Quien esta en la casa? said John Grady.

La dama.

Y el senor Rocha?

En Mexico.

Imagine if Odysseus returned to Ithaca and found no one at home. Even worse, John Grady cannot find out when Rocha will return:

Cuando regresa?

Quien sabe?

The answer to John Grady's question - 'Who knows?' - is painfully ironic. Not only does our main character fail to ascertain when his nemesis will return, but the reader is also left without resolution - we never see Rocha again. The last image we have of Don Hector Rocha is the one Alejandra gives us: gun in hand, dogs in tow, ready to kill his daughter's lover. John Grady never gets revenge, never has a chance to explain himself, never 'wins.' McCarthy not only leaves his hero without a battle, but he also aborts the war.

He might not be able to meet Rocha, but John Grady is still intent on finding his daughter. In the second episode reflecting McCarthy's subversion, John Grady takes a horse from La Purisima and rides it through the rolling country, dreaming of his beloved, dreaming of Blevins, praying for "luck" when he meets with Duena Alfonsa later that night. After temporarily losing control, John Grady does the only thing he can to regain it - ride without destination:

He rode among the horses on the mesa and he walked them up out of the swales and cedar brakes where they'd gone to hide and he trotted the stallion along the grassy rims for the wind to cool him.

Indeed, it is as if he makes a pilgrimage to reset the narrative. If Rocha will not face him, then Duena Alfonsa will be his replacement. Someone will listen to him. In all this, we see the planted clichés once again: the hero knows his appeal will be rebuffed, looks for his strength as he wanders the wilderness, returns to make his righteous claim. The drama is only heightened when he sits with the vaqueros hours before his meeting with Alfonsa:

They spoke of cattle and the horses and the young wild mares in their season and of a wedding in La Vega and a death of Vibora. No one spoke of the patron or of the duena. No one spoke of the girl.

We can sense the breathless frustration of John Grady's consciousness, waiting as the conversation switches from subject to subject, never one veering in the direction that he wants. Then he is made to wait for Maria to answer the door, wait while he eats dinner, wait while Maria washes the dishes - and only then, is he invited to meet Alfonsa in the living room.

But John Grady never gets to make his claim on Alejandra. Alfonsa controls the conversation so thoroughly that we finally understand her earlier warning: love is not a matter of 'right', it is only a matter of who gets to 'say.' John Grady tries a variety of approaches to soften the old woman. First, he tries to acts offended:

I think I'm owed an explanation.

I think the accounts have been settled quite in your favor. You have been a great disappointment to my nephew and a considerable expense to me.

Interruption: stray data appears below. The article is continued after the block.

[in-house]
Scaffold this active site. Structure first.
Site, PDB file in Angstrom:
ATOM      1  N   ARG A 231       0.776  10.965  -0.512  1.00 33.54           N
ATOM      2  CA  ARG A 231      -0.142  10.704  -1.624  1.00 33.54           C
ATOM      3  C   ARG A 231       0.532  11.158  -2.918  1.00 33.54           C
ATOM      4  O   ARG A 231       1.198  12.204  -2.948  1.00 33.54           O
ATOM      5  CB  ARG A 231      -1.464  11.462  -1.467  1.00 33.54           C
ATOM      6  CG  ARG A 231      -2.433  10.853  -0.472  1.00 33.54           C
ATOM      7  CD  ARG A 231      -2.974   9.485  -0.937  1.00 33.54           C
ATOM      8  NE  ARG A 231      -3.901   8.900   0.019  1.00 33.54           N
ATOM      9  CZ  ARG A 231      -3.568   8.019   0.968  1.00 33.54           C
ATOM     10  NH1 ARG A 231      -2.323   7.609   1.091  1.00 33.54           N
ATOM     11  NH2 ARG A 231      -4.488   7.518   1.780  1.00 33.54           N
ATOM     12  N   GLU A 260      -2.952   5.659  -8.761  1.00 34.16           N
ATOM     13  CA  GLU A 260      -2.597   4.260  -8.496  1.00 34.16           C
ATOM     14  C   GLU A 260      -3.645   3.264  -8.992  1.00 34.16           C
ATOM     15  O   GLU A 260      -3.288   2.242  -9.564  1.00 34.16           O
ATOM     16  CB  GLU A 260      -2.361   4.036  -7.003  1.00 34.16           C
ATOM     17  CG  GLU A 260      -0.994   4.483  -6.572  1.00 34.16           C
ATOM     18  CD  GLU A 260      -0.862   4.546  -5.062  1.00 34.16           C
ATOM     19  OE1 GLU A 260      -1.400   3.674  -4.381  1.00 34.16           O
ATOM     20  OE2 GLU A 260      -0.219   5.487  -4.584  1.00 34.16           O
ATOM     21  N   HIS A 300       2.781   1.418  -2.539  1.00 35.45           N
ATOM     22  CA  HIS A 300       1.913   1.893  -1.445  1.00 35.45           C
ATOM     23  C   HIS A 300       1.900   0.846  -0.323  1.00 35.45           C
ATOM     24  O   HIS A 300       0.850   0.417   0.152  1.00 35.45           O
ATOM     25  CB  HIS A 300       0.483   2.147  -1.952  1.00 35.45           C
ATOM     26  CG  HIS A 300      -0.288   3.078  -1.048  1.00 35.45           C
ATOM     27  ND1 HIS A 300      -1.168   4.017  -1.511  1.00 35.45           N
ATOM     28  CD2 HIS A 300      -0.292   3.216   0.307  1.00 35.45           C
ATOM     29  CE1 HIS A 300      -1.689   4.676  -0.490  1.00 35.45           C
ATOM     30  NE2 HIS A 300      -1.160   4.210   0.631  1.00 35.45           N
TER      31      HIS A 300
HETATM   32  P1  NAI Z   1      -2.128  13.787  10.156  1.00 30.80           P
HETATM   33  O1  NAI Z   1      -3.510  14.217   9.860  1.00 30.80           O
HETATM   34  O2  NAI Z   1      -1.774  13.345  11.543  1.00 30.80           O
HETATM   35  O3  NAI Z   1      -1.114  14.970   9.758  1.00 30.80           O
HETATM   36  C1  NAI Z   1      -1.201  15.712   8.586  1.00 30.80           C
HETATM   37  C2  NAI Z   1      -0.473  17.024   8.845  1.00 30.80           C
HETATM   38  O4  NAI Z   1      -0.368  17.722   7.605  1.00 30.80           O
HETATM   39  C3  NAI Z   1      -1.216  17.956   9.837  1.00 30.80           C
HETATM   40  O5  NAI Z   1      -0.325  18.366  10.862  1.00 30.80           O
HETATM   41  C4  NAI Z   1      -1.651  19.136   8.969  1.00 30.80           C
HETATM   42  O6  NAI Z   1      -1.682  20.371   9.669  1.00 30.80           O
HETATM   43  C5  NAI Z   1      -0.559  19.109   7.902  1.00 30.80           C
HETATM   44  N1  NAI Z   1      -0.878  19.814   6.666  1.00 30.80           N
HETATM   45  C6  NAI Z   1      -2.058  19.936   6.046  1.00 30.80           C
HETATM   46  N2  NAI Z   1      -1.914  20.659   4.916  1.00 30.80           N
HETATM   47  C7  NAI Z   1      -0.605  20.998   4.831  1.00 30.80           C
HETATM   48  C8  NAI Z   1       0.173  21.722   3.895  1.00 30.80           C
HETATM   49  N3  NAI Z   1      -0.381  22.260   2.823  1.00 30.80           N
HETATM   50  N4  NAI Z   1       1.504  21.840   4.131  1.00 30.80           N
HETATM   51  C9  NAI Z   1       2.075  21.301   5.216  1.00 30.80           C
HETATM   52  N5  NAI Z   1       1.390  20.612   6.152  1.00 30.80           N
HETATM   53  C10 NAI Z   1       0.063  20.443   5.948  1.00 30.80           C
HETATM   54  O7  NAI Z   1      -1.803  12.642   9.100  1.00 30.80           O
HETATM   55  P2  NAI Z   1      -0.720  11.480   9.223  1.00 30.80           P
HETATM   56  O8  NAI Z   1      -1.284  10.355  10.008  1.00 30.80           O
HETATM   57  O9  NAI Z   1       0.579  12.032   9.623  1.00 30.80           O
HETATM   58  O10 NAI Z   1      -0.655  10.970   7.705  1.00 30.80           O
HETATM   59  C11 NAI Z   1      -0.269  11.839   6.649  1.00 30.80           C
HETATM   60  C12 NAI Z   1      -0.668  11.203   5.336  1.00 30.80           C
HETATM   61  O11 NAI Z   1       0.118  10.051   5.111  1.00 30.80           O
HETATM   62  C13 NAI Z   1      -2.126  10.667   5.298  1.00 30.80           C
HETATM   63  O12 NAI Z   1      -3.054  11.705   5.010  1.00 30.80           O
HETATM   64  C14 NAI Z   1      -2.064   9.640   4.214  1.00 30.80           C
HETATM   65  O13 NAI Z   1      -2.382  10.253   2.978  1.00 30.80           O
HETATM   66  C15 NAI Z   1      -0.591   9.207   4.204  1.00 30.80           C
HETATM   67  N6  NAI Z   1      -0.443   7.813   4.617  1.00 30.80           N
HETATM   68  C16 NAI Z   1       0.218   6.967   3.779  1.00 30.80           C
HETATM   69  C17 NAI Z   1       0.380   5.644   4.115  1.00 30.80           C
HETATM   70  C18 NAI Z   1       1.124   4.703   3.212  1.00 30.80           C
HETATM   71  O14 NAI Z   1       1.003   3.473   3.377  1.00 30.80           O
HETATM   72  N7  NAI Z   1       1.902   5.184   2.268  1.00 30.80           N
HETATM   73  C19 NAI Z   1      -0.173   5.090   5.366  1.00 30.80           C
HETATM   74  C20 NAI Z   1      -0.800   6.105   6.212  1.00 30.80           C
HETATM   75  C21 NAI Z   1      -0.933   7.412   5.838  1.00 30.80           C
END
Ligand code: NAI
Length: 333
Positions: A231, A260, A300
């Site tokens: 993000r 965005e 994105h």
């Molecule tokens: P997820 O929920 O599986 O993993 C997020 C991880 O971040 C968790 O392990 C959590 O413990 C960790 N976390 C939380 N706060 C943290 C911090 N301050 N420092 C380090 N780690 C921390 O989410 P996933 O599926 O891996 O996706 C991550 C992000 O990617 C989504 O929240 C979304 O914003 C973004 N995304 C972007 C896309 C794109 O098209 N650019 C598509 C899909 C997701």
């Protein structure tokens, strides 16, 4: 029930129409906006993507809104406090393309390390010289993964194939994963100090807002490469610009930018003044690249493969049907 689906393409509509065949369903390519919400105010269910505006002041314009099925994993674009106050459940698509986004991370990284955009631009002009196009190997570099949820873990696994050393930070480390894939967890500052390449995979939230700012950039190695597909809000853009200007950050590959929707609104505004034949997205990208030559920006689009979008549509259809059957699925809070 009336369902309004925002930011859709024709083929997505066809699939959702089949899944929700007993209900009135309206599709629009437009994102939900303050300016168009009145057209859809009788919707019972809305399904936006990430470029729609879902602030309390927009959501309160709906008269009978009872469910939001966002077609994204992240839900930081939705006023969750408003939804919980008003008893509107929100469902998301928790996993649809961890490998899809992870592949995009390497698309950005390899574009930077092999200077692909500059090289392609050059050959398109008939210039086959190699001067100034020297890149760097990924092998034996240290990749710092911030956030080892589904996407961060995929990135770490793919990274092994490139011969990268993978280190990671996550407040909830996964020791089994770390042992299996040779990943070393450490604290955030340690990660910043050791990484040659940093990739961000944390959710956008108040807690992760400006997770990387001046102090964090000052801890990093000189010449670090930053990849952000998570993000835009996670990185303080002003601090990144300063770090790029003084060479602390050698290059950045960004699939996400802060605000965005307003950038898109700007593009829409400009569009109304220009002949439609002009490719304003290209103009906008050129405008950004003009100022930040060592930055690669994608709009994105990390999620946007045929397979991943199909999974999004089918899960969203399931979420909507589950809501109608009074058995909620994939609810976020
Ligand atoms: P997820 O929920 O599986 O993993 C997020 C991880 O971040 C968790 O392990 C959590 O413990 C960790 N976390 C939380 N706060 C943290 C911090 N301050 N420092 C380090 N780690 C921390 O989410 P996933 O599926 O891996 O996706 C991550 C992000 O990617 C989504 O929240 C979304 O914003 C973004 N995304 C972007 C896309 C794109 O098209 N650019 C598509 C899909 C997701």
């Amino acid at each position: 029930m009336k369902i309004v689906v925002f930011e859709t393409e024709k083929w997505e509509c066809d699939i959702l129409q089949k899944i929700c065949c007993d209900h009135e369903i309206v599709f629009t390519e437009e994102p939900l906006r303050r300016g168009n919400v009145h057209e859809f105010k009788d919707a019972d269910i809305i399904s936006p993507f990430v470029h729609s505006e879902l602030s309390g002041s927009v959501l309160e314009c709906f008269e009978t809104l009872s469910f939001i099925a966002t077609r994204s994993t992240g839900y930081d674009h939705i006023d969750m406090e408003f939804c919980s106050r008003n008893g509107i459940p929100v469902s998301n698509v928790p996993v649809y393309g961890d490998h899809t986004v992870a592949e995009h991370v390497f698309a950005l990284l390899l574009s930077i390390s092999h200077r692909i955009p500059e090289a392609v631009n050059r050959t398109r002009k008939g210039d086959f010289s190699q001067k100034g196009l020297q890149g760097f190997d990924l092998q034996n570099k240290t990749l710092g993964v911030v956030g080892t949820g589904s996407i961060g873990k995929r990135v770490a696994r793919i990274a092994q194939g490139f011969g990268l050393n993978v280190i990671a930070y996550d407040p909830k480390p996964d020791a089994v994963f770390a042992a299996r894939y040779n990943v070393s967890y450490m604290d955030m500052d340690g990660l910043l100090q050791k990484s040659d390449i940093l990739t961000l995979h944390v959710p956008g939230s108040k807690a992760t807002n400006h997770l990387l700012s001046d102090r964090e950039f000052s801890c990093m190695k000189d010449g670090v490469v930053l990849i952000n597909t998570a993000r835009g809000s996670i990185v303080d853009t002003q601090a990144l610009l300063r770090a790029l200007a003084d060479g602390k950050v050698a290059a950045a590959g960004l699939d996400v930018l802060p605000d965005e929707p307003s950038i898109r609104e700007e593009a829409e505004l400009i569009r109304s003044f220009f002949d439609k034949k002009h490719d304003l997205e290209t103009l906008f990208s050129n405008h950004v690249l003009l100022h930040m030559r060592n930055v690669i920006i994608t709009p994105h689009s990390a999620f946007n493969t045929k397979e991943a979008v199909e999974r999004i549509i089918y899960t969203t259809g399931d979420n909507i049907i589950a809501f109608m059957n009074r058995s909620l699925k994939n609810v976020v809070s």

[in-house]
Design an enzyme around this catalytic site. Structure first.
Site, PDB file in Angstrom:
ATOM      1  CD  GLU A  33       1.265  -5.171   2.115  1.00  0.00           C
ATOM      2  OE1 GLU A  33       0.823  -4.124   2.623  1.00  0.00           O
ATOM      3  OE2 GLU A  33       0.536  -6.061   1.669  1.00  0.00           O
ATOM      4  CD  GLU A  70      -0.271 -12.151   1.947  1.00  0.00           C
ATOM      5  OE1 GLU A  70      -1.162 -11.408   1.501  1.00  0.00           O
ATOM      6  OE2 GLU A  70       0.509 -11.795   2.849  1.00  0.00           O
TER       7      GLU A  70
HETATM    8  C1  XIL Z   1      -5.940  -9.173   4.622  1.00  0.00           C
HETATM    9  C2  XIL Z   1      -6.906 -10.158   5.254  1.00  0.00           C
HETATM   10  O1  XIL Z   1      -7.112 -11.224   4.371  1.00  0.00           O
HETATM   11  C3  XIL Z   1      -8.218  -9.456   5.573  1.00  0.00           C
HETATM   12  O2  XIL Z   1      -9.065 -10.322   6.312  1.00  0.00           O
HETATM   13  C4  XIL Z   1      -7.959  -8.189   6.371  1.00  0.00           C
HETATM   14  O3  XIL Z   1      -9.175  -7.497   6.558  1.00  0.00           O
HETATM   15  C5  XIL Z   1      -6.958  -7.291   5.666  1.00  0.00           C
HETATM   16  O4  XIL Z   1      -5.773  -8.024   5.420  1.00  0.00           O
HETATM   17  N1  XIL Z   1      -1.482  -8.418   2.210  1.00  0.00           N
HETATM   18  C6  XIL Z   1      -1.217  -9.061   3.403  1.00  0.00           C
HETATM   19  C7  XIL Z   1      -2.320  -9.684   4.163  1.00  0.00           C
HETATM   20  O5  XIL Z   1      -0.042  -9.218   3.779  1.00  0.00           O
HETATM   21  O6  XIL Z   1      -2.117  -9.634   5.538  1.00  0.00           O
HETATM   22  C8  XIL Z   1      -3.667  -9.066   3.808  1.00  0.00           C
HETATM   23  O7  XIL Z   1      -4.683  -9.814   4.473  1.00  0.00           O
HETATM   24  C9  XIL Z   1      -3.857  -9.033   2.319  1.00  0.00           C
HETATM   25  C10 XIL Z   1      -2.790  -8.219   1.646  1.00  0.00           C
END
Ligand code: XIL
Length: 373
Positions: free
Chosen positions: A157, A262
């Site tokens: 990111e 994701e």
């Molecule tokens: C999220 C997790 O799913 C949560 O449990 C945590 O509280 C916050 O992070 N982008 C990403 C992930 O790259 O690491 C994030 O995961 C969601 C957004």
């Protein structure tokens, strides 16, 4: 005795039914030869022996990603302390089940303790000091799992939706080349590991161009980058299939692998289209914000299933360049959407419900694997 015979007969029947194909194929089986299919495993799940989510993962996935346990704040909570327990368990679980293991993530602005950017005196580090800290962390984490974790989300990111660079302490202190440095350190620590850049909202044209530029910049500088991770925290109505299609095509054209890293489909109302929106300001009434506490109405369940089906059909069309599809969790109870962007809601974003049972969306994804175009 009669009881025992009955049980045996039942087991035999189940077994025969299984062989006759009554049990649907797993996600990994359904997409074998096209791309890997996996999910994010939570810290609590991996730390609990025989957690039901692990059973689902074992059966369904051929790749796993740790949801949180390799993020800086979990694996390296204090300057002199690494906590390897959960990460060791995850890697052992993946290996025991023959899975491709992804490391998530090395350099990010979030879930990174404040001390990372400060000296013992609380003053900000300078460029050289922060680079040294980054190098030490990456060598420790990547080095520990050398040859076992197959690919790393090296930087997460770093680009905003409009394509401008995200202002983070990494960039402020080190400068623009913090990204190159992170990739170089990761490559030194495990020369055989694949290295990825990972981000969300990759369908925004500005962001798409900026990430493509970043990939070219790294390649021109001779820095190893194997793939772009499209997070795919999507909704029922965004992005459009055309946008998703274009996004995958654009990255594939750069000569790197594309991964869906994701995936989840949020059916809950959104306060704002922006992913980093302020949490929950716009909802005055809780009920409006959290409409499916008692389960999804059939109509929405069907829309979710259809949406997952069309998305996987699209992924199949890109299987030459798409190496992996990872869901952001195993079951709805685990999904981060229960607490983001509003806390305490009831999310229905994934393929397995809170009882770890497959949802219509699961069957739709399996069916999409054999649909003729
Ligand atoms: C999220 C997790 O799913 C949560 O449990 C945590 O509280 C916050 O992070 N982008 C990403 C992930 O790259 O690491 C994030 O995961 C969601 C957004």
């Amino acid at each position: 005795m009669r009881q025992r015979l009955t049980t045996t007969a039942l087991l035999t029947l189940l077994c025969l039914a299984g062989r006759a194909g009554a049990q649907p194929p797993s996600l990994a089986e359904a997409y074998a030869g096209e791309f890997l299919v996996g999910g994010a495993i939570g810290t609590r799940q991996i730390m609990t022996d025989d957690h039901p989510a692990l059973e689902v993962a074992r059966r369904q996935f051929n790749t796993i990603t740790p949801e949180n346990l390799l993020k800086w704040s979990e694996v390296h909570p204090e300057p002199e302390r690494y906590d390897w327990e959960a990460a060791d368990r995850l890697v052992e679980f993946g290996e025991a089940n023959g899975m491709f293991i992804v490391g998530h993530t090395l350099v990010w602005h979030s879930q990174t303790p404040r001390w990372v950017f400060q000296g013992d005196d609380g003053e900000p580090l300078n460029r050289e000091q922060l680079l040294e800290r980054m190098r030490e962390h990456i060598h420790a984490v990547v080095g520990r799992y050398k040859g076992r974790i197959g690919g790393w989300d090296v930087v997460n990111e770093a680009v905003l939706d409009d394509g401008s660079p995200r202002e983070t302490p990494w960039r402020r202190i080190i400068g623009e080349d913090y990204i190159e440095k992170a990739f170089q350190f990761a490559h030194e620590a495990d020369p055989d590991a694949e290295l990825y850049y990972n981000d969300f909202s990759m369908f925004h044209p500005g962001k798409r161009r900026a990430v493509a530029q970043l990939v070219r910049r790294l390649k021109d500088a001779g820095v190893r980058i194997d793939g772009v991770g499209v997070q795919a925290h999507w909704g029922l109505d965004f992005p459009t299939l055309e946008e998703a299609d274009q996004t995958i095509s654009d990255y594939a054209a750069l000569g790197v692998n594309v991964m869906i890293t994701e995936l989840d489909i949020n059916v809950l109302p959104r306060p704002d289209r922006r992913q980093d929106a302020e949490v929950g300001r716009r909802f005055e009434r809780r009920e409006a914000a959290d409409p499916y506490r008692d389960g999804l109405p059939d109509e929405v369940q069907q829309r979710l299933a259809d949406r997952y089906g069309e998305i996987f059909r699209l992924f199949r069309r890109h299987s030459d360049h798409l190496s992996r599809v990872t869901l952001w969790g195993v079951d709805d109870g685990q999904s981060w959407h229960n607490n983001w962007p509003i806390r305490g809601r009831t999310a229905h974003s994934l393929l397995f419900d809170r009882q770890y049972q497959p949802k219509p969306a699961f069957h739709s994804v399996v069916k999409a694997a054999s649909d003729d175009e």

No offense, mam, but I've been some inconvenienced myself.

The officers were here once before you know. My nephew sent them away until he was able to have an investigation performed. He was quite confident that the facts were otherwise. Quite confident.

Then, John Grady can only manage wounded indignation before Alfonsa begins piling on the reasons why he not only should never have come back to the ranch, but why he should feel guilty for doing so. The suppressed rage infiltrates both of their words, but Alfonsa quickly gains the upper hand, becomes a mother chastising a son. Indeed, in her eyes, Rocha becomes the 'disappointed' father who refused to believe the evidence until he found his own proof. John Grady does not deserve to see Alejandra, should not have returned to the ranch, is lucky to be in his position at all. Like a cowboy who pulled out an empty revolver in a duel, John Grady never recovers. Duena Alfonsa goes on to call him a liar, a thief, an expensive nuisance, and he can only manage muted protest. Finally, he lashes out:

I'd of thought the disappointments in your own life might of made you more sympathetic to other people.

You would have thought wrongly.

Alfonsa then goes on to tell her protracted, tragic history to justify her involvement with Alejandra's marriage, her denial of John Grady's right to be her suitor. The story itself is not overly significant, but the length of it is. John Grady is silent the entire time. The tables have turned completely. It is not John Grady who gets to purge his soul, to claim his beloved, but rather his nemesis. When she's finished, he tries to take his turn - to tell of his own suffering, but Alfonsa won't hear it:

You wont make let me make my case.

I know your case. Your case is that certain things happened over which you had no control.

It's true.

I'm sure it is. But it's no case.

Just as she predicted, just as she warned, Duena Alfonsa is the only one who 'gets to say.'